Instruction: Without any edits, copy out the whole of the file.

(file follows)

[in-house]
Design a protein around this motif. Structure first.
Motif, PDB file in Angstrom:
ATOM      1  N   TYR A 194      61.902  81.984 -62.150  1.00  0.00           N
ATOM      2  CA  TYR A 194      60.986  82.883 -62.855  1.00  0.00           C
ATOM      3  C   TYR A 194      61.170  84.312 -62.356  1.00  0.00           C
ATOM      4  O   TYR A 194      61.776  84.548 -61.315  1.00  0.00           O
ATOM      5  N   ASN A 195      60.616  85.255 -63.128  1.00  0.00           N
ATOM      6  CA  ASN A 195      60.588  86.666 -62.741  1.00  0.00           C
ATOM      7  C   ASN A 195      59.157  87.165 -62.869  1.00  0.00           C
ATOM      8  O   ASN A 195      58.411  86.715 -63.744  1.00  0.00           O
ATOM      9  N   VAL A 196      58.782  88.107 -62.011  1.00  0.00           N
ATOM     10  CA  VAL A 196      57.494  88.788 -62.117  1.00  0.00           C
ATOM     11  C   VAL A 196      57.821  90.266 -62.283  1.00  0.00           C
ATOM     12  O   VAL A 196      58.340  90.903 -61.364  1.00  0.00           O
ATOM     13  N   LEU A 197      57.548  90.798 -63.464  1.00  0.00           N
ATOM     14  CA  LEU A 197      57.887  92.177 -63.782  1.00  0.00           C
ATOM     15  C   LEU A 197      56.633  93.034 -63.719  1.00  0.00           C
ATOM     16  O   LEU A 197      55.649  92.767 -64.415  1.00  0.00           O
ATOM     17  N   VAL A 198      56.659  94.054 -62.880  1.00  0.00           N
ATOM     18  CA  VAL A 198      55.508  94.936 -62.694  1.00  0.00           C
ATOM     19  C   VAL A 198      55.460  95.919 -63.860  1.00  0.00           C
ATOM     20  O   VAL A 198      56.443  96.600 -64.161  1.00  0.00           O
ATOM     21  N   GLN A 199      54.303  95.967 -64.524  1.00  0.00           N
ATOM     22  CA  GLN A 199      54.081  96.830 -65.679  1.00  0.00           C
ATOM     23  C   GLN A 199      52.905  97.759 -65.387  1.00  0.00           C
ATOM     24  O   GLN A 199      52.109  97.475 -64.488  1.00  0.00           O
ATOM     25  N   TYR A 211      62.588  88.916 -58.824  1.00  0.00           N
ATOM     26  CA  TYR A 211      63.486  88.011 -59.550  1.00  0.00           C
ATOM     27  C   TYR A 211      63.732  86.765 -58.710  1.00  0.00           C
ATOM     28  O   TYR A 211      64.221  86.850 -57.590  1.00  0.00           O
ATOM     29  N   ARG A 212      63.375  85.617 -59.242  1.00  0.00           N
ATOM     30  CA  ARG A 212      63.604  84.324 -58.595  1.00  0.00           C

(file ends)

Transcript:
[in-house]
Design a protein around this motif. Structure first.
Motif, PDB file in Angstrom:
ATOM      1  N   TYR A 194      61.902  81.984 -62.150  1.00  0.00           N
ATOM      2  CA  TYR A 194      60.986  82.883 -62.855  1.00  0.00           C
ATOM      3  C   TYR A 194      61.170  84.312 -62.356  1.00  0.00           C
ATOM      4  O   TYR A 194      61.776  84.548 -61.315  1.00  0.00           O
ATOM      5  N   ASN A 195      60.616  85.255 -63.128  1.00  0.00           N
ATOM      6  CA  ASN A 195      60.588  86.666 -62.741  1.00  0.00           C
ATOM      7  C   ASN A 195      59.157  87.165 -62.869  1.00  0.00           C
ATOM      8  O   ASN A 195      58.411  86.715 -63.744  1.00  0.00           O
ATOM      9  N   VAL A 196      58.782  88.107 -62.011  1.00  0.00           N
ATOM     10  CA  VAL A 196      57.494  88.788 -62.117  1.00  0.00           C
ATOM     11  C   VAL A 196      57.821  90.266 -62.283  1.00  0.00           C
ATOM     12  O   VAL A 196      58.340  90.903 -61.364  1.00  0.00           O
ATOM     13  N   LEU A 197      57.548  90.798 -63.464  1.00  0.00           N
ATOM     14  CA  LEU A 197      57.887  92.177 -63.782  1.00  0.00           C
ATOM     15  C   LEU A 197      56.633  93.034 -63.719  1.00  0.00           C
ATOM     16  O   LEU A 197      55.649  92.767 -64.415  1.00  0.00           O
ATOM     17  N   VAL A 198      56.659  94.054 -62.880  1.00  0.00           N
ATOM     18  CA  VAL A 198      55.508  94.936 -62.694  1.00  0.00           C
ATOM     19  C   VAL A 198      55.460  95.919 -63.860  1.00  0.00           C
ATOM     20  O   VAL A 198      56.443  96.600 -64.161  1.00  0.00           O
ATOM     21  N   GLN A 199      54.303  95.967 -64.524  1.00  0.00           N
ATOM     22  CA  GLN A 199      54.081  96.830 -65.679  1.00  0.00           C
ATOM     23  C   GLN A 199      52.905  97.759 -65.387  1.00  0.00           C
ATOM     24  O   GLN A 199      52.109  97.475 -64.488  1.00  0.00           O
ATOM     25  N   TYR A 211      62.588  88.916 -58.824  1.00  0.00           N
ATOM     26  CA  TYR A 211      63.486  88.011 -59.550  1.00  0.00           C
ATOM     27  C   TYR A 211      63.732  86.765 -58.710  1.00  0.00           C
ATOM     28  O   TYR A 211      64.221  86.850 -57.590  1.00  0.00           O
ATOM     29  N   ARG A 212      63.375  85.617 -59.242  1.00  0.00           N
ATOM     30  CA  ARG A 212      63.604  84.324 -58.595  1.00  0.00           C